West Windsor-Plainsboro South senior Robert Siniakowicz won his second straight State singles title with a straight-sets victory over Cresskill's Chikaya Sato.
WEST WINDSOR – Cresskill’s Chikaya Sato has ripped through the competition by dictating points and flustering opponents with strong baseline play, quick starts, and strong finishes. Just two sets away from an undefeated season and a state singles title, the junior left-hander got off to a 3-0 lead in the first set against West Windsor-Plainsboro South senior Robert Siniakowicz and it looked like Sato was on his way another record-setting victory. But this was no ordinary opponent nor was it an atmosphere like any other he had ever played under.
Siniakowicz showed why he is the defending state champion as he won the final five games of the first set before breaking Sato’s serve early in the second set to retain his state singles title and hand Sato his first loss of the season with a 6-4, 6-2 win in the NJSIAA state singles final on Thursday at Mercer County Park in West Windsor.
The two competitors met in the state semifinals last year with Siniakowicz blitzing Sato early with booming serves and heavy topspin forehands en route to an easy win. The second time around Sato dictated the pace of the match early with a variety of tough shots both from the baseline and at the net. He broke Siniakowicz’s serve before holding his own serve and grabbing a 4-1 lead.
“I could tell just how much Chikaya has improved from last year to now by the way he started in this match. He had me on my heels,” said Siniakowicz, who will play next year at Brown University. “It was a wake-up call for me. I had to keep fighting and get back in the first set. It’s a state final. I had to be more aggressive and take some chances.”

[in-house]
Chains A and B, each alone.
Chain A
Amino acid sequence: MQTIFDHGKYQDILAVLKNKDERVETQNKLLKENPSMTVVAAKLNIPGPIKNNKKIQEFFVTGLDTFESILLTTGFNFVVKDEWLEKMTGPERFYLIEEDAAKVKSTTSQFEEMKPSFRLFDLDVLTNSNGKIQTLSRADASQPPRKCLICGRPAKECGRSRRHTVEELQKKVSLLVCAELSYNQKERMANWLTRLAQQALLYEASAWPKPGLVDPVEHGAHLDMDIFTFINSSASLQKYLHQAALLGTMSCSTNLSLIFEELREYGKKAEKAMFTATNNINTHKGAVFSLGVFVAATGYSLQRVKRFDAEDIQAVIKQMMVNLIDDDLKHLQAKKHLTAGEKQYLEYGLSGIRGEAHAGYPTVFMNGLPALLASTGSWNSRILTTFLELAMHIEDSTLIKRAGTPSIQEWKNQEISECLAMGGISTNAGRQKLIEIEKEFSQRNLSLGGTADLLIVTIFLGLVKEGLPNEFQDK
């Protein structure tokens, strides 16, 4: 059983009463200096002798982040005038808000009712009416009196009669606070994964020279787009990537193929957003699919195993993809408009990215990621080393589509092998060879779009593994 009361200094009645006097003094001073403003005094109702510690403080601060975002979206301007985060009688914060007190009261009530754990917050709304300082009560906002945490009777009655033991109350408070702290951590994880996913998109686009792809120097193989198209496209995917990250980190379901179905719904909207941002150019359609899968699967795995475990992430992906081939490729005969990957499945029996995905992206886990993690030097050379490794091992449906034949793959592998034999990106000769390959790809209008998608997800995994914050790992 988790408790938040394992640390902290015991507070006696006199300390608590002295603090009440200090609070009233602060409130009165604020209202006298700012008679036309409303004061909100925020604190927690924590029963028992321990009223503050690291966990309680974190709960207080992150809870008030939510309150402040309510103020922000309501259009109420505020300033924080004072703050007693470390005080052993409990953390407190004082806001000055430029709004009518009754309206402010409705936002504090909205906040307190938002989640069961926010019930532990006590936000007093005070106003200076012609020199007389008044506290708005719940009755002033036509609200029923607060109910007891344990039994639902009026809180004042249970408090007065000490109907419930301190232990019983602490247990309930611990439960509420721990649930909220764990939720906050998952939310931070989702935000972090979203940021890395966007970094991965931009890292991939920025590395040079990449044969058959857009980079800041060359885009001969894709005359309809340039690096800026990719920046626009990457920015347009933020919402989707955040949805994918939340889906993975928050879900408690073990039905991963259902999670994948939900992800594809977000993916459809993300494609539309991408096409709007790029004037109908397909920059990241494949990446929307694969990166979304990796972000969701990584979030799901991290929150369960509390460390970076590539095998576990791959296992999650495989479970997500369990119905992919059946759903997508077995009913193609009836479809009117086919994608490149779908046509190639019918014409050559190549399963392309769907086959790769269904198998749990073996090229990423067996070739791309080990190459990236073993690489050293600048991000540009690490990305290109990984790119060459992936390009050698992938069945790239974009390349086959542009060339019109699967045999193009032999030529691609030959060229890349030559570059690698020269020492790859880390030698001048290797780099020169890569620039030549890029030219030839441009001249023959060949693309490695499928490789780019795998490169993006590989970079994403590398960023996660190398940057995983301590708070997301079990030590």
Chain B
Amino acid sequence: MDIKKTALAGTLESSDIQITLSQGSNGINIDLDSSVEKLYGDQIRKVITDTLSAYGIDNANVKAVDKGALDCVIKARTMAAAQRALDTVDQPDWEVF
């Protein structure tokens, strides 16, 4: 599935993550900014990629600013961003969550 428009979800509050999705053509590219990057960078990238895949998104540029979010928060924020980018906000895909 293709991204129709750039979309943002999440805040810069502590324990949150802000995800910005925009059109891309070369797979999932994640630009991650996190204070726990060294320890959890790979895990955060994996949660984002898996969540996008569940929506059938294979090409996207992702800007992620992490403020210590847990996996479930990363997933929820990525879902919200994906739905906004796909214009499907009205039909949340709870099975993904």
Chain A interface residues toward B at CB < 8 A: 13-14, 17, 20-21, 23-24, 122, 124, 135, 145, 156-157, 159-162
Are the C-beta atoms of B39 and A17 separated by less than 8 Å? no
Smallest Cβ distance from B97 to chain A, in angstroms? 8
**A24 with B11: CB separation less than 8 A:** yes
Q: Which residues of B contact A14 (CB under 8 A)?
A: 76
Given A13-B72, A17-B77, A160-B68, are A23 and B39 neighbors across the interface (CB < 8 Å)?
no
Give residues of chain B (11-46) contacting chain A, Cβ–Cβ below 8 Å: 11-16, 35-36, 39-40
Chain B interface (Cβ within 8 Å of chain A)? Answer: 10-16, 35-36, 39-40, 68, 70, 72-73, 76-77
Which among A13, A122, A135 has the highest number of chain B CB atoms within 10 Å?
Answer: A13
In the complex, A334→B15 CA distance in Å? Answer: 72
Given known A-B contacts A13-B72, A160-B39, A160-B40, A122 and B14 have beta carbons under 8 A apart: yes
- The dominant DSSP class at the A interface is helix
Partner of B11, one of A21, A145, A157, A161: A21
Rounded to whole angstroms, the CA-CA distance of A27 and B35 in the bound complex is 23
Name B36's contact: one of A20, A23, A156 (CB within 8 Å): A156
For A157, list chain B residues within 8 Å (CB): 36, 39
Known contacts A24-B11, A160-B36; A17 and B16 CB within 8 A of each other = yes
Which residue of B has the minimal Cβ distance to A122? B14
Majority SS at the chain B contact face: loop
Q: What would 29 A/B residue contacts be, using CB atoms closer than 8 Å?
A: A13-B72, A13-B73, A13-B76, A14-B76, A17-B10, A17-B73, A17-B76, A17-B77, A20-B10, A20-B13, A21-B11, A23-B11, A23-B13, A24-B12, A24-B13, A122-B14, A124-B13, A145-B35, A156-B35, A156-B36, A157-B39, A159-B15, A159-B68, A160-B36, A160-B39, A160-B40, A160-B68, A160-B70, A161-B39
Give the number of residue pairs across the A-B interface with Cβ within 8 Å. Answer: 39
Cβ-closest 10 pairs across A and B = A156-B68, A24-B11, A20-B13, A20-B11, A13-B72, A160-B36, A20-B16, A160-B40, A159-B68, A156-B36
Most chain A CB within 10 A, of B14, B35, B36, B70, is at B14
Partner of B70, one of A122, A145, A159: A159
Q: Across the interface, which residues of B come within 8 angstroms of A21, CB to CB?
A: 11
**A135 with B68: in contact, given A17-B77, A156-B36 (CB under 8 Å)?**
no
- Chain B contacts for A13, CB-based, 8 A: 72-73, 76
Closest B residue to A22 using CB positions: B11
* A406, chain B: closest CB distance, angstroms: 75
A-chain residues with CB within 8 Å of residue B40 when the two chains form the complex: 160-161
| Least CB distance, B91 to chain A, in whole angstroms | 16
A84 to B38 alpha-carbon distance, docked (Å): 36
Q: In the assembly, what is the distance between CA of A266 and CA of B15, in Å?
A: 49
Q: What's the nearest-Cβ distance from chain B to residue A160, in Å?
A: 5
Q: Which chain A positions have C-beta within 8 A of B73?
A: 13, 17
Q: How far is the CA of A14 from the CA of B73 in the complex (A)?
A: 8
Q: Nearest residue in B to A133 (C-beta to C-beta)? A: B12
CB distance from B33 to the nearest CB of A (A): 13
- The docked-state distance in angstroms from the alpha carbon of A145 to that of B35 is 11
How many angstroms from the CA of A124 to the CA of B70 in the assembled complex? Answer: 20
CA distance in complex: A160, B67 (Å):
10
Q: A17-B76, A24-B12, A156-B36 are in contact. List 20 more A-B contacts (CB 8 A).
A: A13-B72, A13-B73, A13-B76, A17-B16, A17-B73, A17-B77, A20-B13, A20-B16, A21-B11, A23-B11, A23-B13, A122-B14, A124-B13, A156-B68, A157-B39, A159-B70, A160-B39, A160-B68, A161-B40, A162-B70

Cresskill's Chikaya Sato, just a junior, finished with just one loss this season.
After struggling to return serve well, Siniakowicz got into a rhythm to earn a big break. With a raucous home crowd cheering louder with every big point he won, Siniakowicz fed off the adrenaline rush. That changed the momentum as he ripped off five straight games to stun Sato and grab the first set.
“That first set I should have put away,” said Sato. “I know being only up one break against a good player like (Siniakowicz) is not that big of a lead. I had my opportunities but they got away from me.”
Both players held serve in the second set before the first point of the third game set a tone for the remainder of the match. Sato hit what looked a perfect approach to the deep corner. That forced Siniakowicz to make a one-handed backhand stab of a lob. It worked out though as it landed just in front of the service line. The lob kept the point alive long enough for Siniakowicz to rip a winner past Sato.
Siniakowicz never trailed after scoring a service break in that third game and got stronger as the match wore on. With only one double fault and four unforced errors in the entire match, he did not allow Sato a chance to get back in the match and became just the fifth player in the 69-year history of the tournament to win back-to-back titles and the first player since Ramapo’s Jonathan Carcione did it in 2011-2012.
“I didn’t even think I’d win one won state singles title, to win two of them back-to-back is an incredible feeling. It’s been my goal the entire season and to have such support from my family, coaches, teammates, and friends makes it that much better.”
After being a quarterfinalist as a freshman, a semifinalist as a sophomore, and a finalist as a junior, Sato has improved by one round each of his three seasons in a Cresskill uniform. There is only one step left to take for his senior year and that will be his focus.
“Losing this match is really tough. I think it will just give me even more motivation for next year,” added Sato. “I just have to get stronger physically and mentally. I started off strong but overall I didn’t play the way I wanted to for the entire match. This tournament is always a good challenge and I want to be as ready as I can be to make another run at it next year.”